The community is terribad!
I can’t deny this one at all. I can suggest that you find a more friendly guild, a group of players that’s in it for fun and friendship and not the ‘Epics’. They’re out there, but you need to actively look to find them. Sure you’re still going to have to deal with the rest of the WoW population, but I find getting into a good guild and then turning off trade and general chat goes a long way toward making me feel like I belong.
World of Warcraft has ruined MMOs. All MMOs coming out are trying to be like WoW and they suck because of it.
This is one of the dumbest arguments I have ever heard, and even the smallest amount of research or knowledge completely negates it. World of Warcraft was based off of the, at the time, most successful MMOs out there: Asheron’s Call and EverQuest. From the zone breakdown to the controls to the gear to the combat. Blizzard just made a streamlined, polished version, exactly as Trion World’s recently did with Rift. Due to it’s ties with Warcraft, it’s cartoony graphics, and it’s ease of play WoW gained a lot of players, more than any other MMO at the time. Then something happened, a force of nature that no one could predict or manufacture saw WoW gain Millions of subscribers. No one can really say why, it’s just one of those things. So what’s killing MMOs? Everquest actually.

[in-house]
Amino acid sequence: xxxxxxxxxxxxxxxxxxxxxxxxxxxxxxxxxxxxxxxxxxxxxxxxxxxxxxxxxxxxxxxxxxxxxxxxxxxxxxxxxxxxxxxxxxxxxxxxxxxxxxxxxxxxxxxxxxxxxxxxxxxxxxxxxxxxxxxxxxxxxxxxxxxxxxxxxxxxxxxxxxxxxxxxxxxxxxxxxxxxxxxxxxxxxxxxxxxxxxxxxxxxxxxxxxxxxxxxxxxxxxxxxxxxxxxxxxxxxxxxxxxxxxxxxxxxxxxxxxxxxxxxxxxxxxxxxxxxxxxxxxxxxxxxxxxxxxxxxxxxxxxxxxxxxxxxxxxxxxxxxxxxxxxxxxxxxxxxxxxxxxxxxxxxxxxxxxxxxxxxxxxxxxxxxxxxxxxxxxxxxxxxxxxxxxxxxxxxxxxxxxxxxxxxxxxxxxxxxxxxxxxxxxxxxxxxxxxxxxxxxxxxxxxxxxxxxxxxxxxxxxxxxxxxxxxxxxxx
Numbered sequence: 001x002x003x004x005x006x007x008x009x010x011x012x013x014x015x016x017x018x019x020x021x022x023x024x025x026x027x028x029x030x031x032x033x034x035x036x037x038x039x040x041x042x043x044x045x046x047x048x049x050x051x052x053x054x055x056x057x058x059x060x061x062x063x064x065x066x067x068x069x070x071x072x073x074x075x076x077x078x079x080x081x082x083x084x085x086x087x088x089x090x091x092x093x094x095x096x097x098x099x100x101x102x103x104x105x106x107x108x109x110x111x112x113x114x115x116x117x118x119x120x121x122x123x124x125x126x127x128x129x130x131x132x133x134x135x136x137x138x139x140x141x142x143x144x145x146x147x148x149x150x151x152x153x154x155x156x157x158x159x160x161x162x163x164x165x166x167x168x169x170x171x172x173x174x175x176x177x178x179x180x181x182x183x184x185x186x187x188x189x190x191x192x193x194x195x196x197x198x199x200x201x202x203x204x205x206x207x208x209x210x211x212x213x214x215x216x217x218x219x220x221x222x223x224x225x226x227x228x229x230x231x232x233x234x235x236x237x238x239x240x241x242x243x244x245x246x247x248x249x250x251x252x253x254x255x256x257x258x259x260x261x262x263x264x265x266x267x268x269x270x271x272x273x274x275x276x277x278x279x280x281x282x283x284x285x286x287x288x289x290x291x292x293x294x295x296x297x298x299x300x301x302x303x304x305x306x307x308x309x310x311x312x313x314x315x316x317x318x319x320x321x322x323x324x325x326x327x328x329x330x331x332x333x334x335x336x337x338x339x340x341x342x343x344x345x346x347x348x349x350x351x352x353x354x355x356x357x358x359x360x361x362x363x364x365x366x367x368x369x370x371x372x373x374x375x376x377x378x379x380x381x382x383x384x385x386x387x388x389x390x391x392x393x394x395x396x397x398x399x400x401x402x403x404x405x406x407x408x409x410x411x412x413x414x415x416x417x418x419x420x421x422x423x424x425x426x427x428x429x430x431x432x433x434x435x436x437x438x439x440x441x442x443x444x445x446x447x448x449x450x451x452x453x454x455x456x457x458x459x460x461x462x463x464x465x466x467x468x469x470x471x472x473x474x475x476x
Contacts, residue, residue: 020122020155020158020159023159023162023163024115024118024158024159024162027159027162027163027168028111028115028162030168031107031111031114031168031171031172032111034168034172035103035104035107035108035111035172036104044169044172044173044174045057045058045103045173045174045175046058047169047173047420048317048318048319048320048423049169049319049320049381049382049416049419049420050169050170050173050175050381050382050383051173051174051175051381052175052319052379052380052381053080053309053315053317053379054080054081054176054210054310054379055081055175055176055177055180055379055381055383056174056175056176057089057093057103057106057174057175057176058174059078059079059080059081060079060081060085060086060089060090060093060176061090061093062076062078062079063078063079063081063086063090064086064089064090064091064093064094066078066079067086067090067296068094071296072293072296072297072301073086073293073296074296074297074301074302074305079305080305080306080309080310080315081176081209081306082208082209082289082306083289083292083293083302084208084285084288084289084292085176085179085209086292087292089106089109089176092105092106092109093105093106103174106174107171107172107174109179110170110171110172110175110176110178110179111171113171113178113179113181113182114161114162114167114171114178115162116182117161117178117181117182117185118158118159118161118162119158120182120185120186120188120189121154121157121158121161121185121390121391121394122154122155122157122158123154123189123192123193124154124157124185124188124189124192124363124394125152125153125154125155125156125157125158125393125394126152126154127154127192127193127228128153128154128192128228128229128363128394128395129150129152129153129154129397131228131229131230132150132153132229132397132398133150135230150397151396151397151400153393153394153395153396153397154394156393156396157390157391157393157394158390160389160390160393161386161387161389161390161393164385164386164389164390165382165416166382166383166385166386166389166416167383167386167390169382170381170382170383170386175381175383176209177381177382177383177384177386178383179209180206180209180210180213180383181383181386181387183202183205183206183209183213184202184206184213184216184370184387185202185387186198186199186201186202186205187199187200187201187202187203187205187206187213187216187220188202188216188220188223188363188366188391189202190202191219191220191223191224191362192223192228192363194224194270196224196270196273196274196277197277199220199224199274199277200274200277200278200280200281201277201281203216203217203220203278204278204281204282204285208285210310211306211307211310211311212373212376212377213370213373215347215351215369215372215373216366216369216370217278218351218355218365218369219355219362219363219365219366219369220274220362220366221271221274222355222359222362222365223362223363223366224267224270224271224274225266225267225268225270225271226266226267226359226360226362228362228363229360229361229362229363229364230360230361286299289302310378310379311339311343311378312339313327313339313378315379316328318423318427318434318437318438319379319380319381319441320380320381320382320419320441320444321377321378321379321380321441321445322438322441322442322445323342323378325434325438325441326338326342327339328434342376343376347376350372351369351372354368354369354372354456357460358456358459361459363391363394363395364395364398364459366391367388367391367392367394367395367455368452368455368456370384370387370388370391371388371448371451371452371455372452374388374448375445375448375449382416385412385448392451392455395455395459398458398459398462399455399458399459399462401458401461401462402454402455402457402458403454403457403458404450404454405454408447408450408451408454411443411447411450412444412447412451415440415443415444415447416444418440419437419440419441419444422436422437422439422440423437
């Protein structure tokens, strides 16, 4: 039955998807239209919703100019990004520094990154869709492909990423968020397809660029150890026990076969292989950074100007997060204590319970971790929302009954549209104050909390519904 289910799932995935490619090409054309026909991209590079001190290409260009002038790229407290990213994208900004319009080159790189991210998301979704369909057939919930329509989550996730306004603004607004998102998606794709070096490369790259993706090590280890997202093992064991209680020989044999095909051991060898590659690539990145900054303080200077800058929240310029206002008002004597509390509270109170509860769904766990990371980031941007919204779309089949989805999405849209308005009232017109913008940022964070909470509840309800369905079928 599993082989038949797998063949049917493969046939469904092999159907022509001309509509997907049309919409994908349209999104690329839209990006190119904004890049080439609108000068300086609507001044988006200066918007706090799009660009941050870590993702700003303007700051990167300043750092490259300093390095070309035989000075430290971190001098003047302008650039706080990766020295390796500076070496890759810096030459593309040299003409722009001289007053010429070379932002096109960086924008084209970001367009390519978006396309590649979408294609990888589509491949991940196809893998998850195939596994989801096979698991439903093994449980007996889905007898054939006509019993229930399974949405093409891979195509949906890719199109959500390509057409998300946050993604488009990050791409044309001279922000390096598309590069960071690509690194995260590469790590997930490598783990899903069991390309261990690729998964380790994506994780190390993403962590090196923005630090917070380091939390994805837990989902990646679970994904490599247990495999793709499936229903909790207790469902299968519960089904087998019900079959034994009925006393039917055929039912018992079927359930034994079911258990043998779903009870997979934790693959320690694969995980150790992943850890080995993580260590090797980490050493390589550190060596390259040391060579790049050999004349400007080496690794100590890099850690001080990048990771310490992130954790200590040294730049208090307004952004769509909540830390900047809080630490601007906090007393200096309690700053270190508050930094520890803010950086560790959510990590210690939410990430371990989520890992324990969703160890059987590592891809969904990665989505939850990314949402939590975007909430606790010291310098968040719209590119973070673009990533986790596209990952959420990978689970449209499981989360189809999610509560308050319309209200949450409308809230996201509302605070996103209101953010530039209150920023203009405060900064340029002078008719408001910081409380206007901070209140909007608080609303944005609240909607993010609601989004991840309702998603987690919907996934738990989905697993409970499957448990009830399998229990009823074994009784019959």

At the time Everquest launched there was really only one other combatant: Ultima Online. In EQ you had everything we see in MMOs today: Obvious zone progression, large raids, massive grind and a leveling time that prevented any new players from even seeing their friends for years, if they ever made it. Over in UO we had a massive open world where, even as a total newb like my current character is, I can travel with my guild for all the end game raids and actually provide SOME help. UO had an amazing crafting system unlike anything I’ve seen yet, with dozens of crafting professions at launch and even more now. You can sculpt marble and stone to make decorations, or make furniture for your house, or kegs to store alchemy potions, or a thousand other things, and you could just decide one day that you want to do something different, and start working on lowering your swords and raising your magic skill with that very same character. Sadly the industry followed EverQuest, not due to it’s gameplay features, but due to it’s pretty 3D graphics. Ultima Online and games like it were left behind because your average gamer prefers graphics over substance, and that will never change.